Open source work for the Shuttleworth Flash Grant

In May, 2016 I received a Shuttleworth Flash Grant thanks to Shuttleworth fellow Adam Hyde. This was a surprising, exciting grant that gave me an opportunity to work on open source for at least a month without needing to split time with contract work.

My plan was to improve EditData with the flash grant, but as I worked on EditData I realized there were two related projects that I needed to work on as well: township and staticland.

editdata

I started work on rewriting editdata modules using bel, a great library for creating DOM elements in a manner similar to react, except it uses standard JavaScript syntax & features rather than JSX, and is a much smaller, simpler module.

I found that I needed more time to figure out how best to migrate these modules to use bel, and decided that township and staticland would be better uses of my time.

township

Township in particular is something that I've needed on multiple projects. Township is a collection of modules for building authentication and authorization systems using Node.js and leveldb. As part of this grant I produced:

Recently contributors have joined the project and helped to create:

I created township because I found existing projects like passport challenging to use, and were mostly focused on the express framework, which I don't use. I also considered using auth0, but preferred self-hosted solutions for managing auth credentials, and didn't have a great time using their API clients.

Township emulates the approach of auth0, while keeping the JSON API and associated API clients as simple as possible.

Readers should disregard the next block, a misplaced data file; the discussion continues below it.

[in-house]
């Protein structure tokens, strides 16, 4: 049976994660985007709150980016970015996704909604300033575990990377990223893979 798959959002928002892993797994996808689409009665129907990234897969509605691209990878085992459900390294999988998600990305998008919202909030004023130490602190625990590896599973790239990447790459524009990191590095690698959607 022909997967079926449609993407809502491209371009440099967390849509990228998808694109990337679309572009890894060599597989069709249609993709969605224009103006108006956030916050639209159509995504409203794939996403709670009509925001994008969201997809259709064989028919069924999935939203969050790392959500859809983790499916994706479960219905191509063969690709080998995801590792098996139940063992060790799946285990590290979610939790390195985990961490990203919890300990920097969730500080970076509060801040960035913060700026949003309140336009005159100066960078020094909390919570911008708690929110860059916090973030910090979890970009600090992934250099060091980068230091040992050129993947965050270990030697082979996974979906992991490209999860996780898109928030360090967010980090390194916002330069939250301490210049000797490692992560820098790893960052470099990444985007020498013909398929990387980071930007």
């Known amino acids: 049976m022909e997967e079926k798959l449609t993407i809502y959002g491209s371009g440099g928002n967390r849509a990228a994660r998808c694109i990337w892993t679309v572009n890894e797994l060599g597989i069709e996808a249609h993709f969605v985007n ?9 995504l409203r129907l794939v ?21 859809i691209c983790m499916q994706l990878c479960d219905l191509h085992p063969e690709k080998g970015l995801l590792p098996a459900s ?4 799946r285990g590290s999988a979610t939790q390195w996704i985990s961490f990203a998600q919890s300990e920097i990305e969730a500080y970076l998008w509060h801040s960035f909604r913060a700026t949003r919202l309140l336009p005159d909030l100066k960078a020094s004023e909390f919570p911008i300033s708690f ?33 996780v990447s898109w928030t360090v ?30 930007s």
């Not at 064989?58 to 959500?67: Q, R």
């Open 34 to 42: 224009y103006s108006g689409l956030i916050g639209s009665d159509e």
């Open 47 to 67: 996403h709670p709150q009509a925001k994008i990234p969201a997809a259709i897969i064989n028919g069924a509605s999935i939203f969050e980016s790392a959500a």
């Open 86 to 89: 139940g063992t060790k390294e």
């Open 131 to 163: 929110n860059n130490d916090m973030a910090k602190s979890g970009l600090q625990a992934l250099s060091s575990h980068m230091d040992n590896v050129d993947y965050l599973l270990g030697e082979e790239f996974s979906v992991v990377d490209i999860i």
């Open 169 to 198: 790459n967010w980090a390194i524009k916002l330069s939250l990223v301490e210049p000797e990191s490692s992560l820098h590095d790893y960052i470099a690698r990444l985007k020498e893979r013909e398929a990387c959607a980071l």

staticland

While developing editdata, I discovered that I needed better static site hosting for publishing all the small dataset projects I work on.

I was using both GitHub Pages and surge.sh at the time, but GitHub Pages doesn't allow SSL for custom domains, and surge.sh charges a per-site fee to allow SSL for custom domains.

Let's Encrypt had just recently started offering public registration and certificates, so I decided it would be a good time to create an open source alternative for hosting static sites that automatically have free SSL certificates via Let's Encrypt.

I created staticland as a simple way to publish static sites that automatically get SSL via Let's Encrypt. You can see the code on GitHub, and are free to host the staticland API server yourself.

Staticland uses township modules for authentication.

Next phase

Over 2017 my next phase of work will include using editdata, township, and staticland modules together to create new services.

First I'll be migrating the editdata modules to bel, breaking staticland code into smaller modules, and creating higher-level township modules.

Next I'll experiment with creating web apps that combine the data management of editdata, the static sites of staticland, and the user management of township.

See also